This unique anthology of new, contributed essays offers a range
of perspectives on various aspects of ontic vagueness. It seeks to
answer core questions pertaining to onticism, the view that
vagueness exists in the world itself. The questions to be addressed
include whether vague objects must have vague identity, and whether
ontic vagueness has a distinctive logic, one that is not shared by
semantic or epistemic vagueness. The essays in this volume explain
the motivations behind onticism, such as the plausibility of
mereological vagueness and indeterminacy in quantum mechanics and
they offer various arguments both for and against ontic vagueness;
onticism is also compared with other, competing theories of
vagueness such as semanticism, the view that vagueness exists only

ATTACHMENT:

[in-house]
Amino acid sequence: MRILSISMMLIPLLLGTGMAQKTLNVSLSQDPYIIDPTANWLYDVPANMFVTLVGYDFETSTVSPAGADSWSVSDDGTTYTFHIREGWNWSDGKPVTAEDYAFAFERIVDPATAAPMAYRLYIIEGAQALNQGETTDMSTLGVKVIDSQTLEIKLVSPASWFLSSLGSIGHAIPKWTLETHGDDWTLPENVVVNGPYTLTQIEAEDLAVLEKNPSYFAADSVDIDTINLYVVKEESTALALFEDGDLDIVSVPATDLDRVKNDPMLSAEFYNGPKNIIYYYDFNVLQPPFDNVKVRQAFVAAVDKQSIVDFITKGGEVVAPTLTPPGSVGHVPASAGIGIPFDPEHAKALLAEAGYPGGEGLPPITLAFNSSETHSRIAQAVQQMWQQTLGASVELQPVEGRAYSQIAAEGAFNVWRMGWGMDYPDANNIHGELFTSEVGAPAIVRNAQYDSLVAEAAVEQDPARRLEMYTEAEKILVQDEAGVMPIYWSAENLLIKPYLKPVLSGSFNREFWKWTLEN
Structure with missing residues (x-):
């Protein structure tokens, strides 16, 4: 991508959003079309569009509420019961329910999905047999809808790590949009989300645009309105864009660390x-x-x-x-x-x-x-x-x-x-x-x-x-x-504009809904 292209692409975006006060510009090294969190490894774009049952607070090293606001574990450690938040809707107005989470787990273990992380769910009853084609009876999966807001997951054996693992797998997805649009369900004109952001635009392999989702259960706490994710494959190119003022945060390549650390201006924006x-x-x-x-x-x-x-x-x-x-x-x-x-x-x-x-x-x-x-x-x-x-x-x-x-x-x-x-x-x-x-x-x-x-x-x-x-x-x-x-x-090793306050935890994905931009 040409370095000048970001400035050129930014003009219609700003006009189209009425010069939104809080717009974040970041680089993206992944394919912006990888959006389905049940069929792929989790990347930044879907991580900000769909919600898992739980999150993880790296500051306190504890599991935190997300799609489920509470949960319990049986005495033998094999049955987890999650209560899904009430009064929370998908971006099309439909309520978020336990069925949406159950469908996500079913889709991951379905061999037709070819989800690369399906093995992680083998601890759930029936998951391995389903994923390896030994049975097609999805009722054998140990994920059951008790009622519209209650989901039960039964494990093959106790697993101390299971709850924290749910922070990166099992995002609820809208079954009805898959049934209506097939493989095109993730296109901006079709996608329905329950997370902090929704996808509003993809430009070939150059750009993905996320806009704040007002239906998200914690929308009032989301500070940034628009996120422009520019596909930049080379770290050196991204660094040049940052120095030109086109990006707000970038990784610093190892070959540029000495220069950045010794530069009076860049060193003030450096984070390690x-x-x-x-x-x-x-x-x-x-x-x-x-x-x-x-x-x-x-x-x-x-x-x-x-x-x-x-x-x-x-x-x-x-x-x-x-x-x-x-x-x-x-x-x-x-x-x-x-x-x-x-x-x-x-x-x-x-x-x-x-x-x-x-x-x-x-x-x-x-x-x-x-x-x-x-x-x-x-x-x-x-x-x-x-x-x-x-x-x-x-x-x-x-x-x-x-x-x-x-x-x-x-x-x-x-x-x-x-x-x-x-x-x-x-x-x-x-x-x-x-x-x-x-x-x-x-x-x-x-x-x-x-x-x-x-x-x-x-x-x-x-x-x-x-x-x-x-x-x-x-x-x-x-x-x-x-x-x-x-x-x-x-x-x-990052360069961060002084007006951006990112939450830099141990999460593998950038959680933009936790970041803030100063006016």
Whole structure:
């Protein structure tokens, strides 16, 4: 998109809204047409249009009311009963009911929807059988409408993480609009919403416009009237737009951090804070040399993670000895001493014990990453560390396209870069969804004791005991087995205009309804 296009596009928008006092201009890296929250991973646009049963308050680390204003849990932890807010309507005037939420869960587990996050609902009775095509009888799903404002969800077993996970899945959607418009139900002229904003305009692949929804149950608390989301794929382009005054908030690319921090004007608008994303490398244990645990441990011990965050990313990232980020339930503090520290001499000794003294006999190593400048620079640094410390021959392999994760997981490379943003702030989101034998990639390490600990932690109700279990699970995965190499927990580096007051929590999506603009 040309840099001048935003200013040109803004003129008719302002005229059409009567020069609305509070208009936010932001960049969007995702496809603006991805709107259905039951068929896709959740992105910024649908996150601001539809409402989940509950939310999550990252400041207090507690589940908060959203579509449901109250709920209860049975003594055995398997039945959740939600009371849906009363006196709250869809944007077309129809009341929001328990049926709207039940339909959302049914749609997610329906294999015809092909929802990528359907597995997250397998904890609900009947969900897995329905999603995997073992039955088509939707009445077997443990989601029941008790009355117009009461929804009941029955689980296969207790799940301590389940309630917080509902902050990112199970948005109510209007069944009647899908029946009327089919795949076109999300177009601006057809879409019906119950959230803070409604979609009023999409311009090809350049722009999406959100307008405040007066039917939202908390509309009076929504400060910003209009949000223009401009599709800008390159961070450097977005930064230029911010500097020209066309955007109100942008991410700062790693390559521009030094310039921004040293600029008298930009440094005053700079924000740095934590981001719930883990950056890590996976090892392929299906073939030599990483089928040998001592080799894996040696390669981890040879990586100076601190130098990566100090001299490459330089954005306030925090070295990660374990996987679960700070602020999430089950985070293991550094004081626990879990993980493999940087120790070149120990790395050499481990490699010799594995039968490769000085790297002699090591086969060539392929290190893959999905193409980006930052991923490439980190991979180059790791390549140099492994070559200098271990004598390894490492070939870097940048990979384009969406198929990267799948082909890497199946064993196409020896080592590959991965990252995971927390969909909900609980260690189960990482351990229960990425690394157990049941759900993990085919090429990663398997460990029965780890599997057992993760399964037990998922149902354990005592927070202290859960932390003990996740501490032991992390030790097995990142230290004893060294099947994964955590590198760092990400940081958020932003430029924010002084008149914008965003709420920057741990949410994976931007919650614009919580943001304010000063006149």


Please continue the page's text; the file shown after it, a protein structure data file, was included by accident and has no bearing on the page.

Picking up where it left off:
in our linguistic representation of the world.
Gareth Evans s influential paper of 1978, Can There Be Vague
Objects? gave a simple but cogent argument against the coherence of
ontic vagueness.Onticism was subsequently dismissed by many.
However, in recent years, researchers have become aware of the
logical gaps in Evans s argument and this has triggered a new wave
of interest in onticism. Onticism is now widely regarded as at
least a coherent view. Reflecting this growing consensus, the
present anthology for the first time puts together essays that are
focused on onticism and its various facets and it fills in the
lacuna in the literature on vagueness, a much-discussed subject in
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